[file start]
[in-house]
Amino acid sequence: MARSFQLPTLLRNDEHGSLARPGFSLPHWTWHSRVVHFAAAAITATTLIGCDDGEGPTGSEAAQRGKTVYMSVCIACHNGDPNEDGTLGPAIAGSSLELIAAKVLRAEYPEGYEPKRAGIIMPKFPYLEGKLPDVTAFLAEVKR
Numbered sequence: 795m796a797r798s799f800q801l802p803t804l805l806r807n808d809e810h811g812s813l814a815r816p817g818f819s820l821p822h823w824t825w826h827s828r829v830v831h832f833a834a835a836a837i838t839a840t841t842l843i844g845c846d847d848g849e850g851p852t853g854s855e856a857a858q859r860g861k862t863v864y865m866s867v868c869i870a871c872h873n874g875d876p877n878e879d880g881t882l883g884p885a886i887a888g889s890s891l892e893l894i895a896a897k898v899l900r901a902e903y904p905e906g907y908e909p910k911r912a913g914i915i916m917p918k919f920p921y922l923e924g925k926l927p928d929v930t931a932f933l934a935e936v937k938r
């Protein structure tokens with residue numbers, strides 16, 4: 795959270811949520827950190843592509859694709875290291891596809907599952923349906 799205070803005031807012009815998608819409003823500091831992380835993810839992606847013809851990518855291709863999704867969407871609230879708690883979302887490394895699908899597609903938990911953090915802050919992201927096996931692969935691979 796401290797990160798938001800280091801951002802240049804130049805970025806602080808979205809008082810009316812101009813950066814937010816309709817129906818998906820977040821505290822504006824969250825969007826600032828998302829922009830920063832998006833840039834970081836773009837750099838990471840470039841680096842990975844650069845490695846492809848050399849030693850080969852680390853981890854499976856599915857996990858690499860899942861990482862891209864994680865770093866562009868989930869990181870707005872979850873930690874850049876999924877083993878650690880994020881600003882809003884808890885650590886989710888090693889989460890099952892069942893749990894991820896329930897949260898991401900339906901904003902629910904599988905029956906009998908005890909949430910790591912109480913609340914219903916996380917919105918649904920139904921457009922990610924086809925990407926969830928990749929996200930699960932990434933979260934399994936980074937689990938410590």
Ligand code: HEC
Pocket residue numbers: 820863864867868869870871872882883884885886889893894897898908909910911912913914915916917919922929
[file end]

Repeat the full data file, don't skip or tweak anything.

[in-house]
Amino acid sequence: MARSFQLPTLLRNDEHGSLARPGFSLPHWTWHSRVVHFAAAAITATTLIGCDDGEGPTGSEAAQRGKTVYMSVCIACHNGDPNEDGTLGPAIAGSSLELIAAKVLRAEYPEGYEPKRAGIIMPKFPYLEGKLPDVTAFLAEVKR
Numbered sequence: 795m796a797r798s799f800q801l802p803t804l805l806r807n808d809e810h811g812s813l814a815r816p817g818f819s820l821p822h823w824t825w826h827s828r829v830v831h832f833a834a835a836a837i838t839a840t841t842l843i844g845c846d847d848g849e850g851p852t853g854s855e856a857a858q859r860g861k862t863v864y865m866s867v868c869i870a871c872h873n874g875d876p877n878e879d880g881t882l883g884p885a886i887a888g889s890s891l892e893l894i895a896a897k898v899l900r901a902e903y904p905e906g907y908e909p910k911r912a913g914i915i916m917p918k919f920p921y922l923e924g925k926l927p928d929v930t931a932f933l934a935e936v937k938r
């Protein structure tokens with residue numbers, strides 16, 4: 795959270811949520827950190843592509859694709875290291891596809907599952923349906 799205070803005031807012009815998608819409003823500091831992380835993810839992606847013809851990518855291709863999704867969407871609230879708690883979302887490394895699908899597609903938990911953090915802050919992201927096996931692969935691979 796401290797990160798938001800280091801951002802240049804130049805970025806602080808979205809008082810009316812101009813950066814937010816309709817129906818998906820977040821505290822504006824969250825969007826600032828998302829922009830920063832998006833840039834970081836773009837750099838990471840470039841680096842990975844650069845490695846492809848050399849030693850080969852680390853981890854499976856599915857996990858690499860899942861990482862891209864994680865770093866562009868989930869990181870707005872979850873930690874850049876999924877083993878650690880994020881600003882809003884808890885650590886989710888090693889989460890099952892069942893749990894991820896329930897949260898991401900339906901904003902629910904599988905029956906009998908005890909949430910790591912109480913609340914219903916996380917919105918649904920139904921457009922990610924086809925990407926969830928990749929996200930699960932990434933979260934399994936980074937689990938410590």
Ligand code: HEC
Pocket residue numbers: 820863864867868869870871872882883884885886889893894897898908909910911912913914915916917919922929